Take a look at the beta version of dw.com. We're not done yet! Your opinion can help us make it better.
For a long time, Nelson Mandela was a controversial figure among German politicians, while numerous German companies enjoyed good business relations with the apartheid government. It took a while for this to change.
"A huge personality," "a glowing example," "a person full of patience, love and tolerance" - these are some of the descriptions of Nelson Mandela appearing in the German press in the wake of his death. The former South African president is being celebrated as an icon of a peaceful struggle for freedom and politicians from all segments of the political spectrum are paying tribute to him and his achievements.
However, a look back at the history of South African-German relations shows that public admiration of Mandela in Germany has not always been the norm. Some politicians of the past mistrusted Mandela.
Little faith in Mandela's intentions
Until the 1980s, successive West German governments took a cautious approach to Mandela, especially the conservative ones. Former foreign minister Hans-Dietrich Genscher (Free Democratic Party) believes that some of these politicians have now been forced to reconsider their former stance.
Genscher himself advocated Mandela's release from prison to the United Nations in the 1980s - a move considered controversial in Germany. "I was accused of supporting a murderer and terrorist," Genscher told DW.
The categorization of Mandela as a "state terrorist" was also openly accepted in the US and UK. "There is no doubt that the German government could have and should have approached the inhuman apartheid policy and the thoughtless American and British stance in a far more critical fashion," commented Ludger Schadomsky, a DW Africa expert.
Anti-apartheid attitude takes hold
At the same time, the 1980s saw the rise of a strong anti-apartheid movement. Products imported from South Africa, such as wine and fruit, were suddenly being boycotted by various church groups, civil organizations and school students. And although the German government distanced itself from the apartheid regime, it did not at any point take part in the boycott initiative. According to Uschi Eid, member of Germany's Green Party and vice-president of the German Africa Foundation, some politicians at the time had no moral qualms about conducting friendly relations with South Africa.
Germany also had strong economic ties to South Africa. "Germany was South Africa's most important trade partner - and South Africa was Germany's most important trade partner in Africa," said Schadomsky. Even today, German carmaker Volkswagen is a major employer in the country, while engineering and electronics giant Siemens is an important investor. Nevertheless, due to public pressure, many German companies pulled out of South Africa in the late 1980s, moving their offices to countries like Zimbabwe.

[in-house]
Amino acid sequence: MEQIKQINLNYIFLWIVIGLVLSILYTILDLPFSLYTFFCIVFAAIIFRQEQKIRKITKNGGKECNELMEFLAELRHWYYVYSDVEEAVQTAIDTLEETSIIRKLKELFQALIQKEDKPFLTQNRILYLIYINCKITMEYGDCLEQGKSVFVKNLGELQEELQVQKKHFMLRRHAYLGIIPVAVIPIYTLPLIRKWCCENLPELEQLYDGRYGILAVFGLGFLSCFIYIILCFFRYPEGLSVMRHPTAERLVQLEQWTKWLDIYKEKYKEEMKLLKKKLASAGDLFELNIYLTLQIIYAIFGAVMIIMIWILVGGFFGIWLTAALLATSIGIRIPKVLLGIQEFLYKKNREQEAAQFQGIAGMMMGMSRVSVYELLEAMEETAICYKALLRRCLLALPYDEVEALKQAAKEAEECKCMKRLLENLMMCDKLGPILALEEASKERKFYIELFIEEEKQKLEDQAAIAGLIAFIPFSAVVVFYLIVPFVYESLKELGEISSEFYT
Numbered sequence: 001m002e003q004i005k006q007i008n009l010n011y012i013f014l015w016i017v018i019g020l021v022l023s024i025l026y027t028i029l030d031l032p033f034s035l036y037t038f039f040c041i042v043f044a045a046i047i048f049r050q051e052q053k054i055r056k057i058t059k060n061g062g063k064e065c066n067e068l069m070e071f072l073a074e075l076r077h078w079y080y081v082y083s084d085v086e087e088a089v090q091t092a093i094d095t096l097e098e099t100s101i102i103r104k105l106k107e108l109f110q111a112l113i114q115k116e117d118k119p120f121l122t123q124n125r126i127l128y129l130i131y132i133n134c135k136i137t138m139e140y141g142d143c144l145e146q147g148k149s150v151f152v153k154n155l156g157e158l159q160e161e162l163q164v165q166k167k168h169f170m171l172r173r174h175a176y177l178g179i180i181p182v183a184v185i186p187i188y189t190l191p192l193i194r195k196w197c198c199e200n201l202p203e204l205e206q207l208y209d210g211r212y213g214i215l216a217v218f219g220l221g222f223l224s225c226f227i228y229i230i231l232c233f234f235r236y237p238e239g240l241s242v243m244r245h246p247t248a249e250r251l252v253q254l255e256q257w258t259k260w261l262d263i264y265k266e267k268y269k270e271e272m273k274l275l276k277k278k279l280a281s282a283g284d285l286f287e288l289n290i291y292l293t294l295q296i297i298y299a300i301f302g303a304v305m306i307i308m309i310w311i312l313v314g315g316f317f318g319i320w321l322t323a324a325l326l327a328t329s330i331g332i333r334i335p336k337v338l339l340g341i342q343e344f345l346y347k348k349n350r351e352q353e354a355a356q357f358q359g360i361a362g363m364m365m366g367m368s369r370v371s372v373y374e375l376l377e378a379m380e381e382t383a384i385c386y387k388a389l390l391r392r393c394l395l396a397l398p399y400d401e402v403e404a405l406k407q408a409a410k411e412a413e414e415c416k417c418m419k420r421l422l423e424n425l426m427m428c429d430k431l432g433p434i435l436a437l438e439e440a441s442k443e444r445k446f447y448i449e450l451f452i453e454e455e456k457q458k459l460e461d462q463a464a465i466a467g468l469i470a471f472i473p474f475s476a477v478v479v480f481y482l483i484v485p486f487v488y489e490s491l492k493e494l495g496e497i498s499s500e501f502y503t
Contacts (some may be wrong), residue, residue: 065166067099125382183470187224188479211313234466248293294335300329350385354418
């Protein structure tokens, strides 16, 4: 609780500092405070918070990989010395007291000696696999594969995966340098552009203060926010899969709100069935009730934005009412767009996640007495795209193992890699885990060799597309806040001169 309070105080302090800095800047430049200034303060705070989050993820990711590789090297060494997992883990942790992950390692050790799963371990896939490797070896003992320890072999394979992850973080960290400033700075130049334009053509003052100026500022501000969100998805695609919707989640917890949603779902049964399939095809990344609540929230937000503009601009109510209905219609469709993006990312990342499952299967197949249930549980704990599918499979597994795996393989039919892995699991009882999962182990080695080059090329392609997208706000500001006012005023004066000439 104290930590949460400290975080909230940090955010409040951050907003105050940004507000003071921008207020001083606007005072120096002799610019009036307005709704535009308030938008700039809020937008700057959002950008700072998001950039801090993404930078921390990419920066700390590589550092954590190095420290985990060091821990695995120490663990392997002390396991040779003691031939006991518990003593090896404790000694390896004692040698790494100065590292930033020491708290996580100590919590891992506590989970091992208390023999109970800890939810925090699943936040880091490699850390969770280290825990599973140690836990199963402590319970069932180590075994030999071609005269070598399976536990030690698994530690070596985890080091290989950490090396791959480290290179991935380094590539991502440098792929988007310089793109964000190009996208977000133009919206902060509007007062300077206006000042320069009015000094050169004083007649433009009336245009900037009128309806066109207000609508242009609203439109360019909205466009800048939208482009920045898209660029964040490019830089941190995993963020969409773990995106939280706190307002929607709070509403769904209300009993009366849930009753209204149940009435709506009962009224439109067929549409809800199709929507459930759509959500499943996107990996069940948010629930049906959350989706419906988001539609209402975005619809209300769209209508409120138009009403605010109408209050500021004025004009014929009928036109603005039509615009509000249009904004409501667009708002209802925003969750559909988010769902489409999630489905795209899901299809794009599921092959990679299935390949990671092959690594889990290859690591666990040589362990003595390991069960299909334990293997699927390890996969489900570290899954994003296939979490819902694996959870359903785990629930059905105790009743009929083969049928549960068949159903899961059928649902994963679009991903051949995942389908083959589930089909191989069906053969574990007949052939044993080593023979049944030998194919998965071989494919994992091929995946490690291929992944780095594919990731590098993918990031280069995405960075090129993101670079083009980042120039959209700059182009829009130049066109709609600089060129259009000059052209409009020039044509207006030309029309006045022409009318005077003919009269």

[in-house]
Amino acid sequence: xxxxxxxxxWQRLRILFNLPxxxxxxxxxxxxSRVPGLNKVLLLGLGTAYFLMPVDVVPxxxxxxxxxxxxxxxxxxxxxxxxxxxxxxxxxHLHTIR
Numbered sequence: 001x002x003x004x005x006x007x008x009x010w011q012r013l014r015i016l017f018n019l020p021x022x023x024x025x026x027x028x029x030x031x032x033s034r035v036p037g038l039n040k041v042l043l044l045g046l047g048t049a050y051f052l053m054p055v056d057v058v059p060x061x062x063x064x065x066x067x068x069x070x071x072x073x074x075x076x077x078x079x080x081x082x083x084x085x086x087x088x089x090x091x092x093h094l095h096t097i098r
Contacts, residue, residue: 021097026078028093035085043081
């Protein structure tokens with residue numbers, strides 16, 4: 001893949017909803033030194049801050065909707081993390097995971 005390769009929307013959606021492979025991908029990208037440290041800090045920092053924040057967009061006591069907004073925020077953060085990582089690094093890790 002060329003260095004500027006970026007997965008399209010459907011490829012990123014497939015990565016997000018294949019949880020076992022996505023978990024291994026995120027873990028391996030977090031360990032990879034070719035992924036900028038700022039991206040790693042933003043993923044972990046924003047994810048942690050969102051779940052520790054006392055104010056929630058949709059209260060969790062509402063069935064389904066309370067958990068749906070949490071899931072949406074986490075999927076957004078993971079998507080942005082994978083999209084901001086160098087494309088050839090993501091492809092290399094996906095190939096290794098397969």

According to Michael Monnerjahn from the German-African Business Association, from today's perspective all this can classify as double standards among corporations. On public posters, German companies of the time denounced the existing racial segregation - however, they did not employ black Africans as managers.
German business in South Africa was shaken up by the upheaval in the country in the late 1980s. "Even if as a company manager you had a positive view of Nelson Mandela back then, you still had doubts as to whether he'd be able to restore social stability," said Monnerjahn.
A widespread change of opinion
South Africa's gradual opening and intention to end apartheid following the change of government in 1989 was unanimously welcomed by German politicians. This was the time of "Pretoriastroika" - a play on the word "Perestroika" used by Soviet politicians to refer to the restructuring of the Soviet political and economic system after the fall of communism. The way Mandela collaborated with then-President F. W. de Klerk, conducting negotiations from his prison cell, had a major influence on the change in attitude among German politicians, according to Schadomsky.
However, some skepticism was still present in Germany as late as 1996. This is when President of the Bundestag Rita Süssmuth (from the Christian Democratic Union party) invited Mandela, who had at this stage been South African president for two years, to speak in front of the German parliament. "The opinion was divided among certain politicians and members of parliament," Süssmuth recalled later on in a radio interview. But in the end, Mandela was permitted to make his speech, and "he stood there, his speech quiet but intense, and he had an effect on our parliamentarians."
Reservations and skepticism: today, these words in reference to Nelson Mandela seem like relics of a different era. For a long time now, Madiba - as Mandela was called in his home country - has been an immortal symbol of freedom and an icon for German politicians. According to Schadomsky, Mandela managed to win over his German skeptics with his charm.